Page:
216-Asad, therefore, criticizes the view that we should always see the colonized in terms of resistance to imperial power; (217) the new laws in Egypt were made out of resistance and also imitated Europeans

217-Even though Weber, through the influence of Snouck Hurgronje, saw the shari’a as “primitive because it lacked the criteria given to modern law by rational authority, Anglo-American jurists had no hesitation in regarding English common law modern even though it did not embody the Weberian criteria of legal rationality. In other words, there is no consensus on what the decisive criteria are (218) for regarding particular forms of law ‘modern’ in the West.”

218-there were new questions about how to apply Western reforms in state building in Egypt; and “colonial punishment”—police and prisons—“was central to the modernization and secularization of law in Egypt. [cf Policing Islam] And it gradually replaced previous forms of violence.”

-Secularization of Egypt’s law “has not only involved the circumscription and reform of the shari’a, it has been deeply entangled with nineteenth century reformulation of Islamic tradition generally.”

219-in “Mass Culture and Islamic Cultural…” (in Mass Culture, Popular Culture), Schulze says the reason why 19th ce Islam reformers used “the European interpretation of Islamic history as one of ‘civilizational decadence’” was because first, the change of economy and political legitimation beginning in the 18th century and the increased use of print—“books from and about Europe, as well as the Islamic ‘classics’ selected for printing by European orientalists and by Westernized Egyptians. That civilizational discourse could now be used, concludes Schulze, to legitimize the claim to equality and independence.”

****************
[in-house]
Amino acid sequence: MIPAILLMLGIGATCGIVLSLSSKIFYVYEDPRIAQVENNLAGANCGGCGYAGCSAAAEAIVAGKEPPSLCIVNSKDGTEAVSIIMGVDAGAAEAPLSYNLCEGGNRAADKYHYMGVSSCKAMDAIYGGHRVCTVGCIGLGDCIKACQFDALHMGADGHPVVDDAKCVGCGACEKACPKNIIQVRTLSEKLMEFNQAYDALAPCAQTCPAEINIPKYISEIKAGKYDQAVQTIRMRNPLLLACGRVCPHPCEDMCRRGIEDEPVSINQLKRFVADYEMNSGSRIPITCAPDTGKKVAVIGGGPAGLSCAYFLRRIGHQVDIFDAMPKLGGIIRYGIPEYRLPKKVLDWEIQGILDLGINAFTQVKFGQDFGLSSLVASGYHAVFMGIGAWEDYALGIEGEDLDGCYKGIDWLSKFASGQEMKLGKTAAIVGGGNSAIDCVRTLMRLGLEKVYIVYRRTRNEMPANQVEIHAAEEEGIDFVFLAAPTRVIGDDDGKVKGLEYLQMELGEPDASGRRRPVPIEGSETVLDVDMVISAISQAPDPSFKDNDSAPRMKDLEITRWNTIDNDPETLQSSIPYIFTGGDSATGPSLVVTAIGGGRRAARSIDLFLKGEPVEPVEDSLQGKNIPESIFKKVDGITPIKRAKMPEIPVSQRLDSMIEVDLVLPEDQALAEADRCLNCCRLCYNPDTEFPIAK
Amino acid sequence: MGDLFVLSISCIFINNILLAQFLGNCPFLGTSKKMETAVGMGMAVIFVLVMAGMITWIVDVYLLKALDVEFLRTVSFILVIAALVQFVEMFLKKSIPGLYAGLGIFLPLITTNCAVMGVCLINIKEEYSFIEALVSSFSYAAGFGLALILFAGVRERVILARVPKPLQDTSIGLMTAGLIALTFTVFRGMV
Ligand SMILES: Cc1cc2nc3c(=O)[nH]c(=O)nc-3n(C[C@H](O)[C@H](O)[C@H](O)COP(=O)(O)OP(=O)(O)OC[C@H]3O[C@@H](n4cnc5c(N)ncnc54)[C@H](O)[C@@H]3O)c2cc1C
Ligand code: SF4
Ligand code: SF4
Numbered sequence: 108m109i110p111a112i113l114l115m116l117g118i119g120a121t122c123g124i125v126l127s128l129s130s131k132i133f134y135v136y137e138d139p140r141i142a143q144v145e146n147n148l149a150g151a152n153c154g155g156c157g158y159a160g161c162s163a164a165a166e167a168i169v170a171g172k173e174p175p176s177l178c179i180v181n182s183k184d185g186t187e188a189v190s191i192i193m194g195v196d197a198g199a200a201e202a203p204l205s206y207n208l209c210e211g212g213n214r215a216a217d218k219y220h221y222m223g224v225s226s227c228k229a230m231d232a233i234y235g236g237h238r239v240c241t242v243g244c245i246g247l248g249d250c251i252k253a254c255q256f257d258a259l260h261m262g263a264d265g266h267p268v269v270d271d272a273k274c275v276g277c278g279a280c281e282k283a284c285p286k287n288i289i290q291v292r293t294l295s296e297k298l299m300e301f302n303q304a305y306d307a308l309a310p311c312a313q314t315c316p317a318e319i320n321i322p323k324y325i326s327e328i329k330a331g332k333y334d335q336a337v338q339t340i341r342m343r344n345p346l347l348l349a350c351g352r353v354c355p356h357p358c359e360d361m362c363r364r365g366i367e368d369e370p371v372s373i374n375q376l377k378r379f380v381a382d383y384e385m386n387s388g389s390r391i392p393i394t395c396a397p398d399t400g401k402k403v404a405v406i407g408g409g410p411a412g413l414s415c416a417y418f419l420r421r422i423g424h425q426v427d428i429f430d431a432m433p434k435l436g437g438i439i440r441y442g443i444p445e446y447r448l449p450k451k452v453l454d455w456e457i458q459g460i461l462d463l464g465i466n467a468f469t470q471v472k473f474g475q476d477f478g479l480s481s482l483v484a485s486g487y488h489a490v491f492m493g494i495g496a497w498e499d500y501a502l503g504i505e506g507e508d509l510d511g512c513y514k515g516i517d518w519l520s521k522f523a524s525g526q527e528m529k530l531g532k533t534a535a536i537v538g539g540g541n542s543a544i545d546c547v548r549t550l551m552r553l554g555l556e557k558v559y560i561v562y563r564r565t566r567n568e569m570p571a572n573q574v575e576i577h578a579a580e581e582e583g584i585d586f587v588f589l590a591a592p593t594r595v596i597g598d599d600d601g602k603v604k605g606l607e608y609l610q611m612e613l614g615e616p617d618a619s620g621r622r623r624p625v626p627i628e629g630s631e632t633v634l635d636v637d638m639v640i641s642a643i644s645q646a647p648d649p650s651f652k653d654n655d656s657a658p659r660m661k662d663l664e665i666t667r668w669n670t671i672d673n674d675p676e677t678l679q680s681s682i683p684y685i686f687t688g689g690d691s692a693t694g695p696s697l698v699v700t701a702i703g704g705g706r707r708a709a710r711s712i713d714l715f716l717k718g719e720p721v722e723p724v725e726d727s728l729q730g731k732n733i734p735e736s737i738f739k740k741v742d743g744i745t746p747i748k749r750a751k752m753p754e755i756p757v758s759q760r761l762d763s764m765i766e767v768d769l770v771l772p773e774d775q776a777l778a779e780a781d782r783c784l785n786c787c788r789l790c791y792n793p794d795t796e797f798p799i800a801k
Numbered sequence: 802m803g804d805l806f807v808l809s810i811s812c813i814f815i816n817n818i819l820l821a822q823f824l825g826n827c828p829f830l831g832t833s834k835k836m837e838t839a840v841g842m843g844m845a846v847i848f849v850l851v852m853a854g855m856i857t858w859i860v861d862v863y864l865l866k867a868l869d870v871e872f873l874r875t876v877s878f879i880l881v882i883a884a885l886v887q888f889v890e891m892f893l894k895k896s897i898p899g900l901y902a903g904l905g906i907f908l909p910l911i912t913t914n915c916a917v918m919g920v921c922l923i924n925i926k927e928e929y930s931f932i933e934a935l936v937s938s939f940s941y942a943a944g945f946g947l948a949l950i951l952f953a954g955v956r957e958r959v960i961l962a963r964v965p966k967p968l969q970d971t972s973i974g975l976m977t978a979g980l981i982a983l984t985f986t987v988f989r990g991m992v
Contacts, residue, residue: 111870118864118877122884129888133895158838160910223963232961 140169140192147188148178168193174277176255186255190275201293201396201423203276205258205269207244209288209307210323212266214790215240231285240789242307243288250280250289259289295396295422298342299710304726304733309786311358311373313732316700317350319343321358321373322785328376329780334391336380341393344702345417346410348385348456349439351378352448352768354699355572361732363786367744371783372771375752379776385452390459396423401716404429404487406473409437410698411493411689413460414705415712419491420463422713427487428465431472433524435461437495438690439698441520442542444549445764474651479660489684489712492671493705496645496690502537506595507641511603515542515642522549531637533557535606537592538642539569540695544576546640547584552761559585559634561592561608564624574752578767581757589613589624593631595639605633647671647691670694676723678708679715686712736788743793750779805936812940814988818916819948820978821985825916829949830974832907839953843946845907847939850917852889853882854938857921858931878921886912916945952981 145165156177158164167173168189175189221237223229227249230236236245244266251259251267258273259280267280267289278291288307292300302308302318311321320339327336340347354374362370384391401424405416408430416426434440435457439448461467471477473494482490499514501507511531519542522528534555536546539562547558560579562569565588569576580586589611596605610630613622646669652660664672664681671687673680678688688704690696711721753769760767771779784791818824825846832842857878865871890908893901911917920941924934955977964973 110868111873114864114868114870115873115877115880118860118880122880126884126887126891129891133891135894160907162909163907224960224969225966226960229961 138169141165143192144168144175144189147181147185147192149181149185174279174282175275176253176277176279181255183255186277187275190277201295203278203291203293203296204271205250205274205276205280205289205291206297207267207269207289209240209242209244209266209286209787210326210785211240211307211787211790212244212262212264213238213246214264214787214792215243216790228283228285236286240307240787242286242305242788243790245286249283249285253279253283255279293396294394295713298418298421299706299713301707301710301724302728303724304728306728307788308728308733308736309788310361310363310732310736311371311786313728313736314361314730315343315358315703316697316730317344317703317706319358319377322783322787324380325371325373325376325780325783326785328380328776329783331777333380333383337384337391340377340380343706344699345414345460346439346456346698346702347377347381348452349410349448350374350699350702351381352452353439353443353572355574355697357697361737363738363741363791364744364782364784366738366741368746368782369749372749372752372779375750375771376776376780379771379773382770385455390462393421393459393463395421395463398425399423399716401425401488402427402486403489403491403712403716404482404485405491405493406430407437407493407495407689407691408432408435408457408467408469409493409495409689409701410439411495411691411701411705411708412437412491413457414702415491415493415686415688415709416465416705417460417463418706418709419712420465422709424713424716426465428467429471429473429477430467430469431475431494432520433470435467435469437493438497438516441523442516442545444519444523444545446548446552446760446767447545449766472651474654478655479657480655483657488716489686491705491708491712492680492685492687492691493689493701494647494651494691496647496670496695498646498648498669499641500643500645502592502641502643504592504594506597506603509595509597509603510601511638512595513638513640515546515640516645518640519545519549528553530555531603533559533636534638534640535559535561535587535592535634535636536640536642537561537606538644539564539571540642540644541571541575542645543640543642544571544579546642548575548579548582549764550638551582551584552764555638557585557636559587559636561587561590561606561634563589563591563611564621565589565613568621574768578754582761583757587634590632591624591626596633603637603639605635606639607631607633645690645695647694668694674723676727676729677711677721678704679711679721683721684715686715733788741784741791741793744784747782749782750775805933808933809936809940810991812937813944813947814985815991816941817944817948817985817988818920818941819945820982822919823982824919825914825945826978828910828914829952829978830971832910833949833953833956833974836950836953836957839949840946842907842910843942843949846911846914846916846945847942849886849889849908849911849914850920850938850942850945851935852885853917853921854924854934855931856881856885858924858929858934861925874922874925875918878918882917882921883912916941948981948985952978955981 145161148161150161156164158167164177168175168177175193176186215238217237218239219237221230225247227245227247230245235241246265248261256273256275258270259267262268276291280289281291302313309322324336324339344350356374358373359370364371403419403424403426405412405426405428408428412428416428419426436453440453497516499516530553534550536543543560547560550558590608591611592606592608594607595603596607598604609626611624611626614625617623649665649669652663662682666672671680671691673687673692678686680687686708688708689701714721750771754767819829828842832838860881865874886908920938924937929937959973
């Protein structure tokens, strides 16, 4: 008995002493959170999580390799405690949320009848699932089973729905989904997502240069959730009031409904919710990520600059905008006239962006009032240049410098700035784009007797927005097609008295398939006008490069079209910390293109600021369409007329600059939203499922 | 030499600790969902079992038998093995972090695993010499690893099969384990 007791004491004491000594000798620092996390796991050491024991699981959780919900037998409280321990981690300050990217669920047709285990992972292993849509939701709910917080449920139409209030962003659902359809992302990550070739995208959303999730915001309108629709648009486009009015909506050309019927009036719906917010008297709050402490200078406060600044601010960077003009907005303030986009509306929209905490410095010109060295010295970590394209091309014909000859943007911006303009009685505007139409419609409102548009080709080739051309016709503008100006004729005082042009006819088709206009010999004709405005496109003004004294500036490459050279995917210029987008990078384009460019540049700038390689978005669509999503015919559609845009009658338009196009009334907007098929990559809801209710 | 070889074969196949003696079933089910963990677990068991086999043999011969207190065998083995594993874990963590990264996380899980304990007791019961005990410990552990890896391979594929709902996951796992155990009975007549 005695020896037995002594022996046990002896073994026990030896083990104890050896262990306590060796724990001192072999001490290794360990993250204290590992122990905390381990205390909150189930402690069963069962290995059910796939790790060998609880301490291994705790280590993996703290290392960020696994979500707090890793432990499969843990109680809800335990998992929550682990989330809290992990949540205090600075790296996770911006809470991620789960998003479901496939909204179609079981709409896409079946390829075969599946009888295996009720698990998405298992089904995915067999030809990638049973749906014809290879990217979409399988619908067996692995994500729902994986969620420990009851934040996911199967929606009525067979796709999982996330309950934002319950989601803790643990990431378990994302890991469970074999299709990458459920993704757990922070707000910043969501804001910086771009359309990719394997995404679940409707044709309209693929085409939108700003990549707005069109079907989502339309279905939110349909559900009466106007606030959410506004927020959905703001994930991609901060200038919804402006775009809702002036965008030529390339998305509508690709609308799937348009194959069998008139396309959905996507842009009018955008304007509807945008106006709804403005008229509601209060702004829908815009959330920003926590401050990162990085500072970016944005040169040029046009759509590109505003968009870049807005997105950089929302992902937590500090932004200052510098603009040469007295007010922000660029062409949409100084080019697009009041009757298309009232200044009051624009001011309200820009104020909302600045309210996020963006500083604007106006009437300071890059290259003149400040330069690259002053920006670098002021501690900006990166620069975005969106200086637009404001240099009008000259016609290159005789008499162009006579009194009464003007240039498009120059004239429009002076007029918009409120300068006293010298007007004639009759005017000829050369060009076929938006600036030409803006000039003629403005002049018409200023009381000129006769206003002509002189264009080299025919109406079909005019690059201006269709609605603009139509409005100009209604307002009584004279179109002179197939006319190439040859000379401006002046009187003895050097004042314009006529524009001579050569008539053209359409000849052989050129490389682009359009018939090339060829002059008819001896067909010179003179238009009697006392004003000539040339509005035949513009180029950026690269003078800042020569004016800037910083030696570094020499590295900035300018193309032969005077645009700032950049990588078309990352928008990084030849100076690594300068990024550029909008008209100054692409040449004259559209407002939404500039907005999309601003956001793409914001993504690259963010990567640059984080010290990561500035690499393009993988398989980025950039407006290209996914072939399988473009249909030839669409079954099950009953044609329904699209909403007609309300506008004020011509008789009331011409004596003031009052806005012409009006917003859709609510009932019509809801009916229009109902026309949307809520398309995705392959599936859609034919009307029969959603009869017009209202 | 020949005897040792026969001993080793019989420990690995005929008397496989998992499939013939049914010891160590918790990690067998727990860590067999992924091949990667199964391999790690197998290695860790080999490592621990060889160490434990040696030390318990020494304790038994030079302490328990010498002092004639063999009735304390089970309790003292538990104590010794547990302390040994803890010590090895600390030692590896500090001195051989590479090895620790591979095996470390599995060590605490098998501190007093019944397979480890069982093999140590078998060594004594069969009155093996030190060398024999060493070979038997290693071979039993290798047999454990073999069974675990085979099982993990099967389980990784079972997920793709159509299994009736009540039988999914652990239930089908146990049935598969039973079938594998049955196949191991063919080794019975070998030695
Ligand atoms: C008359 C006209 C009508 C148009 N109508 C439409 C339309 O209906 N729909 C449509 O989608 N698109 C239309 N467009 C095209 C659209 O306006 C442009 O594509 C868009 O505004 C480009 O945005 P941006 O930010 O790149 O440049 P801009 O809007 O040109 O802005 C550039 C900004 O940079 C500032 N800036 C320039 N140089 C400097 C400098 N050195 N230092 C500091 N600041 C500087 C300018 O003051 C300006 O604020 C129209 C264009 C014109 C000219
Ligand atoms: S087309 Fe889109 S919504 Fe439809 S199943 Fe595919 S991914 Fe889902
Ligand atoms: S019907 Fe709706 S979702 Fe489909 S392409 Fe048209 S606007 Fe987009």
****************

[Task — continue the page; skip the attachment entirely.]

-“Itjihad (a term used by earlier Muslim scholars to refer to independent legal reasoning on matters about which they were not in agreement was made to mean the general exercise of free reason, or independent opinion, directed against taqlid (the unreflective reproduction of tradition) and in the cause of progressive social reform.”; in Islam and Modernism in Egypt, Adams says itjihad “belonged only to the great masters of the early generations and has consequently not existed since the third century A.H. [9th c C.E.]” [direct quote from Adams]; But “there is no such thing as ‘real’ itjihad waiting to be authenticated by orientalist method; there is only itjihad practiced by particular persons who situate themselves in various ways within the tradition of fiqh.”, “Since itjihad comes into operation precisely when ijma (the consensus of scholars) has failed, the disagreement of [Muhammad] Abduh and [Rashid] Rida on this point [about whether itjihad uses a specific reasoning] with other Muslims, past and contemporary, (224) does not signify that their view is no longer ‘traditional.’ On the contrary, that disagreement or difference is what makes it part of the tradition of Islamic jurisprudence.”; and now more scholars disagree with the idea itjihad stopped and they argue that “change was always important to the shari’a, and its flexibility was retained through such technical devices as ‘urf (custom), maslaha (public interest), and daruna (necessity).”, cf Hallaq Law and Legal Theory, Gerber Islamic Law and Culture, Johansen Contingency in a Sacred Law